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From Laboratory to Farmers' Fields: Drought in Nusa Tengara Timor, Indonesia

Last modified June 15, 2010 08:15

From an opening address to an Australia-Indonesia Agriculture and Food Security Workshop (8-9 June 2010, Canberra) by Prof. James J. Fox, Research School of Pacific and Asian Studies, The Australian National University, Canberra: “From Laboratory to Farmers’ Fields: Perspectives on Food Security”.

Let me begin by noting the threat to food security that has occurred in eastern Indonesia – in the province of Nusa Tenggara Timur (NTT), which is the closest Indonesian province to Australia. In terms of most indicators, the province of NTT is the poorest of Indonesia’s provinces. Its population has now passed 4.5 million. Over 85% of the population is engaged in primary production, either farming, fishing or livestock raising. Nearly a quarter of the population (23% as of last year) is classified as falling below the poverty line. This year inevitably that number will rise.

Despite its reliance on farming, NTT is considered a marginal agricultural area when compared to Java, Bali, South Sulawesi, or Sumatra. Its cropping systems are largely rain-dependent. Unfortunately, the province as a whole suffers from irregular rainfall. The most important of its dry-land crops is maize, whose single harvest determines most farmers’ fate for the year. Yet there is no telling from year to year how the province will fare. In most years, harvests in some areas may be successful, particularly those at the westernmost end of the province; while in other areas, there may be crop failure – and sometimes serious crop failure.

This year it seems, however, that the rains failed across a wide area of the province. Every island and most parts of every island, including many upland areas, have lost the maize crop that should have been harvested in March and April. Rice where it is possible to grow is also largely a rain-dependent crop and this year, it too appears to have fared badly.

The worst affected areas are in the outer arc of the province (……). Every year in NTT there occurs a period of food shortage before the maize harvest. This period is referred to locally as the ‘ordinary hunger period’, but when the rains fail, as they have this year, the region enters what is called ‘an extraordinary hunger period’. This year many areas of NTT will see an extraordinary hunger period that will extend until at least next March. The Indonesian government is already involved in distributing substantial quantities of food aid to the most affected areas and this will have to continue until next year. This is a solution for the present but not for a food secure future.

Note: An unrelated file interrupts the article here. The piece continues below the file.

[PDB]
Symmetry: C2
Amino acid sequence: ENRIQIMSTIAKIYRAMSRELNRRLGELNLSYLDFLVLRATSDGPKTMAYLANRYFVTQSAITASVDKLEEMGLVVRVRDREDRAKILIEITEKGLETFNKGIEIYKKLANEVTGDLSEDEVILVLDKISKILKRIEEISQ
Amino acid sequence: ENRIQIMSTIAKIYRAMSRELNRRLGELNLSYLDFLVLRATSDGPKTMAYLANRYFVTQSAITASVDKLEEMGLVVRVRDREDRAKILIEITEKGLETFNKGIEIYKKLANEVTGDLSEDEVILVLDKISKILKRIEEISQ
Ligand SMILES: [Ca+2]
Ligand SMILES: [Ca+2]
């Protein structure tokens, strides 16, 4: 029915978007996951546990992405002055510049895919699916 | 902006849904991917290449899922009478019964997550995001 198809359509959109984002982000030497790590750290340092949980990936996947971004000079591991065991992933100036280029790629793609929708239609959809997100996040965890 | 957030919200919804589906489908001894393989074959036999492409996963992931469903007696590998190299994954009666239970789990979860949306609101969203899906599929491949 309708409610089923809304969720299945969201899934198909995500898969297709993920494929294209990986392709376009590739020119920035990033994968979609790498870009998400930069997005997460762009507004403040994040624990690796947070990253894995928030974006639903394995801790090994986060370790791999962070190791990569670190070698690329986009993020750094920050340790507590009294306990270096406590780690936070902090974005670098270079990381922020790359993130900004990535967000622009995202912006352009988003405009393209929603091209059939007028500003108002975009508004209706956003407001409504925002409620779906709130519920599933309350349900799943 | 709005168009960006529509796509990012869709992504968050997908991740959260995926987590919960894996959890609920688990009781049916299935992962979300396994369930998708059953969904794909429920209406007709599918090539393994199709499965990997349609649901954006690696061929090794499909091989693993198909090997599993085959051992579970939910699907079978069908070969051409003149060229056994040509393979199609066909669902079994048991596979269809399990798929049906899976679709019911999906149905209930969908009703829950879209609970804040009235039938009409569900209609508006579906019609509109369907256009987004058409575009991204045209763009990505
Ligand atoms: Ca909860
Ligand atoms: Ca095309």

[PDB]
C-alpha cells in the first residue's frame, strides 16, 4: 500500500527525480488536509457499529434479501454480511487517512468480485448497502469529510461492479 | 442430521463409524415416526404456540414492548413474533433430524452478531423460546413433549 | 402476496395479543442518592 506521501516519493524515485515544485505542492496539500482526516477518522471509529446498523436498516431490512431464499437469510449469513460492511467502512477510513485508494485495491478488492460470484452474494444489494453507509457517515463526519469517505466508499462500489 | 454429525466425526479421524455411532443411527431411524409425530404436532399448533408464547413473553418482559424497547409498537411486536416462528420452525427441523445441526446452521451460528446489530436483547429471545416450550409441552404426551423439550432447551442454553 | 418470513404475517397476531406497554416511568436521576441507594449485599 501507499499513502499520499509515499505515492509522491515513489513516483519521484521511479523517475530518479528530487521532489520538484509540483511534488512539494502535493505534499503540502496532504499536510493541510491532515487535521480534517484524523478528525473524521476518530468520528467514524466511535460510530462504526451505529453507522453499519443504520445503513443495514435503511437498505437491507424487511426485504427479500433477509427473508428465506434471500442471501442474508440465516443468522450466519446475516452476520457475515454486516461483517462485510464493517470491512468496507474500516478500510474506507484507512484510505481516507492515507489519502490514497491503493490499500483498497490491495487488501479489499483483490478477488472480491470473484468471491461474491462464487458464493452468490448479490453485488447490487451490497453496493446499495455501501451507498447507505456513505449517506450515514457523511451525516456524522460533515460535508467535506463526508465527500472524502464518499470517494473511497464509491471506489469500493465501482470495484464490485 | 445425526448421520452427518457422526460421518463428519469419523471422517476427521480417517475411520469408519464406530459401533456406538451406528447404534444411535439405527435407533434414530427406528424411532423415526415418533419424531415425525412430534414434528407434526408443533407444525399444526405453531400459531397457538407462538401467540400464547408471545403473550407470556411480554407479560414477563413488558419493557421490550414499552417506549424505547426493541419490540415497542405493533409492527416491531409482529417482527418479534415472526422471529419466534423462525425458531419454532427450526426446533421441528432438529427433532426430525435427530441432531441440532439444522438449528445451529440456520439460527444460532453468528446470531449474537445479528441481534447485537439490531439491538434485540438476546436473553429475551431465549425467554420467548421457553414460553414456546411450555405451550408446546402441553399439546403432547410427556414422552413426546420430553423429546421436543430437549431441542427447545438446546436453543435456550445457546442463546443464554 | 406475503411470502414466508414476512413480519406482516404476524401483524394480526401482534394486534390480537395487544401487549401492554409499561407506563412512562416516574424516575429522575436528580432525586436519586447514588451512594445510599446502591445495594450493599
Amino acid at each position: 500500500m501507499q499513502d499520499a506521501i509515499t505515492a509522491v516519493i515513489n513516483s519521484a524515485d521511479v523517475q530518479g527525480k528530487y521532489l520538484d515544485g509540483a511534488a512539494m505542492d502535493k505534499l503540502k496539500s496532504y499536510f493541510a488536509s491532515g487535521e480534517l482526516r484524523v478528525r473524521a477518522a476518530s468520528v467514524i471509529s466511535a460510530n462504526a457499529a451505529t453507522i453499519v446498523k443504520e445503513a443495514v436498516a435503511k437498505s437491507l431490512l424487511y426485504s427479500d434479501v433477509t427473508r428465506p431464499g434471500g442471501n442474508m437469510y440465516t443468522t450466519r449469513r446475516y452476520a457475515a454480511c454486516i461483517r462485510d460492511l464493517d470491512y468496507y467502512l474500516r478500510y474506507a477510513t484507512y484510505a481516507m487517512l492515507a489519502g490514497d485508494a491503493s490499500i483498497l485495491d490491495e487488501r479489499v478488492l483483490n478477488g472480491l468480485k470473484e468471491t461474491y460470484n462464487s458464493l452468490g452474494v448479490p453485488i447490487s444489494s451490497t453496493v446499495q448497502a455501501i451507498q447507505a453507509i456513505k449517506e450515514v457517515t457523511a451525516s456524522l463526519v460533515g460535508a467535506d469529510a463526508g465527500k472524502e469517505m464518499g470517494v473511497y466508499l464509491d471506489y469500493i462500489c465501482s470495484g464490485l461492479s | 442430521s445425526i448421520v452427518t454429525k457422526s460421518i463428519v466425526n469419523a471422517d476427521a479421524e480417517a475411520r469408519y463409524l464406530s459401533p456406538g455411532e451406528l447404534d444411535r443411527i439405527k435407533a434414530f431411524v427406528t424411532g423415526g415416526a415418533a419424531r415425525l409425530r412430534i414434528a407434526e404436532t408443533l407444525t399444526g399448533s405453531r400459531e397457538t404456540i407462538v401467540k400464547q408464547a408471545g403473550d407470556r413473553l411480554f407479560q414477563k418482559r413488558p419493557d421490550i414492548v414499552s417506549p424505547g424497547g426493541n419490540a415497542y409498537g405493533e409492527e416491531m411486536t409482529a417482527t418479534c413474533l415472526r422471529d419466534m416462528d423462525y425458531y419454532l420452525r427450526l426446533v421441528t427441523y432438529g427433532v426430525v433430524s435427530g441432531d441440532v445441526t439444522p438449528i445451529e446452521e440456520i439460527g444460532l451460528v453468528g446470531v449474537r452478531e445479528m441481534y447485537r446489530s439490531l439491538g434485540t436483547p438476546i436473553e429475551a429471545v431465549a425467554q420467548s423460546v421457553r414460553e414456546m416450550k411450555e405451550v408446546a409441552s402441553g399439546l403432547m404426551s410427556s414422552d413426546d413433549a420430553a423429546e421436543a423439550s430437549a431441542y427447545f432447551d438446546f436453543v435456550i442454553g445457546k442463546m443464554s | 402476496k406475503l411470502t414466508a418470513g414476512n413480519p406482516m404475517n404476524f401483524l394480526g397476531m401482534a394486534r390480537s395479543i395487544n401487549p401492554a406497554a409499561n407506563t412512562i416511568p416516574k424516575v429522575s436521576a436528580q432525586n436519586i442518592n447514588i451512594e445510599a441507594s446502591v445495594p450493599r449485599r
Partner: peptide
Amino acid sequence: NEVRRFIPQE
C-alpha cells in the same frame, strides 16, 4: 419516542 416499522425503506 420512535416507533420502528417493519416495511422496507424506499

There can be no single solution to all of the province’s problems but a range of possibilities exist. Australian farm dams, for example, have proven to be particularly successful in west Timor. Cropping systems in conjunction with Leucaena (Indonesian: lamtoro) planting have also proven to be effective. Leucaena has also provided feed for cattle in Timor. Since the psyllid (Heteropsylla cubana) infestations of the 1980s, local lamtoro has recovered and been added to by various psyllid-resistant varieties of leucaena, several of which were developed in Australia.

One can also take an historical perspective on patterns of livelihoods that can be related to current discussions in this workshop. For several decades now, the local government has promoted increased maize production but maize is particularly vulnerable to drought and is more likely to fail if the rains are inadequate. Previous cropping systems were based on a mix of crops; sorghum was, once, more prominent as a food crop as were particularly legume crops. These sources of resilience have now diminished. It is thus sorghum and legume research that could be most useful for future food security.

One might add as well that all of the successful new cultivars, particularly of cassava, sweet potato and maize, that have been extensively trialled and are now being distributed under the ACIAR-led ‘Seeds of Life’ Project in East Timor would be suitable for introduction throughout NTT. The Project also highlights the value of providing poor farmers with timely, high quality, locally-multiplied seed.

Edited by Kees Stigter (14/6/’10)

I refer in the above context also to the contribution “On farm testing of designs of new cropping systems will serve Indonesian farmersunder our topic of “Needs for agrometeorological solutions to farming problems” of 16 January 2007.

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